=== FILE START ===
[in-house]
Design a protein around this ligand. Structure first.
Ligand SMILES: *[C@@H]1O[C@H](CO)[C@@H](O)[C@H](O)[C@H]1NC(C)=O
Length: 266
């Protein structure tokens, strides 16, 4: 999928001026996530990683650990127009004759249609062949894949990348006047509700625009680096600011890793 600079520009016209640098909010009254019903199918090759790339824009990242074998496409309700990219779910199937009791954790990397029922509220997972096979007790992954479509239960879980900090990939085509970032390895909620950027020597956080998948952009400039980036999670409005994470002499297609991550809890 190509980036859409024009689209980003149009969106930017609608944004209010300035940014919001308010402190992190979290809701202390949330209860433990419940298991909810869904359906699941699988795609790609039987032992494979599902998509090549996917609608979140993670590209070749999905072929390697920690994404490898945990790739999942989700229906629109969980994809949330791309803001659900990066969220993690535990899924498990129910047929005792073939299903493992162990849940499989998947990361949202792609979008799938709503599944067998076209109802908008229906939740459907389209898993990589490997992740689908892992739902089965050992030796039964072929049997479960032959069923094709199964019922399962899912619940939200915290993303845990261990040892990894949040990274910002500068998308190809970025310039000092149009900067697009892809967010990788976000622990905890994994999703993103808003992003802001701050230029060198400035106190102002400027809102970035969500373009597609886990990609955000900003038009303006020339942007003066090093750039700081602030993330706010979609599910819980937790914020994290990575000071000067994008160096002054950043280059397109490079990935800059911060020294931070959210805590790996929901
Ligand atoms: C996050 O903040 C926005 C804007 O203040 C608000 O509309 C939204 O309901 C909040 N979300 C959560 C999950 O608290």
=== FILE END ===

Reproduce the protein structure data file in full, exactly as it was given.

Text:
[in-house]
Design a protein around this ligand. Structure first.
Ligand SMILES: *[C@@H]1O[C@H](CO)[C@@H](O)[C@H](O)[C@H]1NC(C)=O
Length: 266
């Protein structure tokens, strides 16, 4: 999928001026996530990683650990127009004759249609062949894949990348006047509700625009680096600011890793 600079520009016209640098909010009254019903199918090759790339824009990242074998496409309700990219779910199937009791954790990397029922509220997972096979007790992954479509239960879980900090990939085509970032390895909620950027020597956080998948952009400039980036999670409005994470002499297609991550809890 190509980036859409024009689209980003149009969106930017609608944004209010300035940014919001308010402190992190979290809701202390949330209860433990419940298991909810869904359906699941699988795609790609039987032992494979599902998509090549996917609608979140993670590209070749999905072929390697920690994404490898945990790739999942989700229906629109969980994809949330791309803001659900990066969220993690535990899924498990129910047929005792073939299903493992162990849940499989998947990361949202792609979008799938709503599944067998076209109802908008229906939740459907389209898993990589490997992740689908892992739902089965050992030796039964072929049997479960032959069923094709199964019922399962899912619940939200915290993303845990261990040892990894949040990274910002500068998308190809970025310039000092149009900067697009892809967010990788976000622990905890994994999703993103808003992003802001701050230029060198400035106190102002400027809102970035969500373009597609886990990609955000900003038009303006020339942007003066090093750039700081602030993330706010979609599910819980937790914020994290990575000071000067994008160096002054950043280059397109490079990935800059911060020294931070959210805590790996929901
Ligand atoms: C996050 O903040 C926005 C804007 O203040 C608000 O509309 C939204 O309901 C909040 N979300 C959560 C999950 O608290």